Router Company Lazily Blocks Open Source Router Firmware, Still Pretends To Value 'Creativity'
from the unintended-consequences dept
Last fall, you might recall that the hardware tinkering community (and people who just like to fully use the devices they pay for) was up in arms over an FCC plan to lock down third-party custom firmware. After tinkering enthusiasts claimed the FCC was intentionally planning to prevent them from installing third-party router options like DD-WRT and Open-WRT, we asked the FCC about the new rules and were told that because modified routers had been interfering with terrestrial doppler weather radar (TDWR) at airports, the FCC wanted to ensure that just the radio portion of the router couldn’t be modified.
The FCC stated at the time that locking down the full, broader use of open source router firmware entirely was absolutely not their intent:
“Our rules do permit radios to be approved as Software Defined Radios (SDRs) where the compliance is ensured based on having secure software which cannot be modified. The (FCC’s) position is that versions of this open source software can be used as long as they do not add the functionality to modify the underlying operating characteristics of the RF parameters. It depends on the manufacturer to provide us the information at the time of application on how such controls are implemented.
The FCC also updated the guidance in question (pdf) and penned a blog post that tried to explain all this. But while the FCC may not have intended to block third-party firmware, many worried that because many routers have “system on chip” — where the CPU and radio exist in a single package — router vendors would “solve” the problem by just taking the cheapest and easiest path and locking down firmware entirely. And that’s precisely what appears to be happening — at least with one router manufacturer.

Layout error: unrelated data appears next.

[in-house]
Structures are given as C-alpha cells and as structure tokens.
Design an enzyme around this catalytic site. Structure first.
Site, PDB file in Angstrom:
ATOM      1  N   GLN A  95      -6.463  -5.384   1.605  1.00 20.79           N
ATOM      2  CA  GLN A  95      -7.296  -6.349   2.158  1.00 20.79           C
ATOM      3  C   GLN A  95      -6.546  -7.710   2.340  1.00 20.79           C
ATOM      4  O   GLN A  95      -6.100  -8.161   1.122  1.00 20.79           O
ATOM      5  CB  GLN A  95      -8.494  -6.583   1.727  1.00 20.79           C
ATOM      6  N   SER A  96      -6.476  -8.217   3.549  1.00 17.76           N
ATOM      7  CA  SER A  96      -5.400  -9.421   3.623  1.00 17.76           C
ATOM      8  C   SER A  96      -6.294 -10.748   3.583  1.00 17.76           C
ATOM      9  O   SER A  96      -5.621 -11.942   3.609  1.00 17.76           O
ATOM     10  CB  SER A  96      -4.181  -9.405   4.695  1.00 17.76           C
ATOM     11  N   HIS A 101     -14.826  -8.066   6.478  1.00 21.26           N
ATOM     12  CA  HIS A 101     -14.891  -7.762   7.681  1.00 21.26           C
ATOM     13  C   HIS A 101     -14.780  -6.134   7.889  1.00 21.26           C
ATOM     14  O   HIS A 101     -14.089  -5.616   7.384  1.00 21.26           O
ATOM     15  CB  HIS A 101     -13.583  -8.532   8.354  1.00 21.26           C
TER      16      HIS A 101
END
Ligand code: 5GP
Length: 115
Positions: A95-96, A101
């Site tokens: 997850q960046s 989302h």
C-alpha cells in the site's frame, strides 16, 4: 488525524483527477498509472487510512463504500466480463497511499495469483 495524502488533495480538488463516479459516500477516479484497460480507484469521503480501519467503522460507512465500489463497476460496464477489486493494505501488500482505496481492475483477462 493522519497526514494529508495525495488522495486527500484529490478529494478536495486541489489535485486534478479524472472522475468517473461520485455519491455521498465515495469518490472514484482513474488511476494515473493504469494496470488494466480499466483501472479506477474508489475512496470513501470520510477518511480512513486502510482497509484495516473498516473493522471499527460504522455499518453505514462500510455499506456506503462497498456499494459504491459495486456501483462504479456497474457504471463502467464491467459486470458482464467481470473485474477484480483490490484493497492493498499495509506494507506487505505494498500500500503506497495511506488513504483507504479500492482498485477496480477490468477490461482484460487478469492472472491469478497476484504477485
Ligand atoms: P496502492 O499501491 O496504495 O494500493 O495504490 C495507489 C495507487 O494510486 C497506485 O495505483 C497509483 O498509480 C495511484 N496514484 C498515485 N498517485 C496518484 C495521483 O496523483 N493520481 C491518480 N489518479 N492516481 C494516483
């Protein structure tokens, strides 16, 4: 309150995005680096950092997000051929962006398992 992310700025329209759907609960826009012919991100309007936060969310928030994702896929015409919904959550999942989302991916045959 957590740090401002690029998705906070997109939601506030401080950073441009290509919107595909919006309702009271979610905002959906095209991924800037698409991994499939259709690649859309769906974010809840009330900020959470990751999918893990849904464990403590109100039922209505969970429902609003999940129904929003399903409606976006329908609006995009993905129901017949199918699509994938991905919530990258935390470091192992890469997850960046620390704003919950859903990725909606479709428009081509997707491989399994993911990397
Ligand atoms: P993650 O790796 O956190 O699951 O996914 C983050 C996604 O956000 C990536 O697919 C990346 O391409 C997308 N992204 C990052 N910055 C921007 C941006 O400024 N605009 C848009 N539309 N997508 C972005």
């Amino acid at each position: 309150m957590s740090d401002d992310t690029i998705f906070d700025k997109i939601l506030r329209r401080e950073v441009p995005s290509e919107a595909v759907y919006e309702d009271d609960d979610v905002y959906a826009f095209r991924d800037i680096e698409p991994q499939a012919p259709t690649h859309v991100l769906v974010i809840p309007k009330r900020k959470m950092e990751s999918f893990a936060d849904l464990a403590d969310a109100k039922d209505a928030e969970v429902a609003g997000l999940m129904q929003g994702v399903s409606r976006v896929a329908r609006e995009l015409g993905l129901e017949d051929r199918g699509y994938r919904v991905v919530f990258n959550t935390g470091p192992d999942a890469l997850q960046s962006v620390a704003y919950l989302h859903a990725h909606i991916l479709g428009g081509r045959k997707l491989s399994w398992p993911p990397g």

Gearmaker TP-Link recently posted a notice to the company’s website announcing that as of June of this year, it would be locking down firmware installations on its routers entirely. In a statement, the company blames the FCC for the fact it’s taking the lazy route and annoying its more technically-proficient customers:
“The FCC requires all manufacturers to prevent user from having any direct ability to change RF parameters (frequency limits, output power, country codes, etc.) In order to keep our products compliant with these implemented regulations, TP-LINK is distributing devices that feature country-specific firmware. Devices sold in the United States will have firmware and wireless settings that ensure compliance with local laws and regulations related to transmission power.”
Again, TP-Link could work with the community and developers to ensure users can mod everything but radio parameters, but it’s being cheap and lazy. The company’s statement then adds insult to injury by pretending it still values the community’s “creativity”:
“As a result of these necessary changes, users are not able to flash the current generation of open-source, third-party firmware. We are excited to see the creative ways members of the open-source community update the new firmware to meet their needs. However, TP-LINK does not offer any guarantees or technical support for customers attempting to flash any third-party firmware to their devices.”
So, hey kids, we’re locking down your ability to be creative starting this June, but go be creative! In one blow, TP-Link is not only alienating a large number of potential customers, but making networks less secure (since custom firmware tends to be more secure and updated more religiously among the tinkering faithful).
I’ve reached out to the FCC for comment, but wasn’t able to glean any more detail from the agency beyond what has already been said. And while the TP-Link lockdown may have not been the FCC’s plan or its fault directly, it may very well be a very ugly, unintended consequence. It’s a shame that an agency that has been a bit more consumer friendly in terms of opening up other hardware and beefing up broadband competition didn’t spend more time thinking this through.
Fortunately, TP-Link isn’t exactly a brand favorite for most router buyers anyway, and the company’s language leaves some wiggle room to suggest that while “the current generation” of open-source third-party firmware won’t work on routers made after June 1, future versions of this same firmware may. TP-Link also appears to be the only vendor doing this (so far at least, please correct me in the comments if this has changed). With any luck, a few competing router vendors will see this as an opportunity to not be lazy and alienate customers — but to compete by providing gear that still respects a user’s freedom to tinker.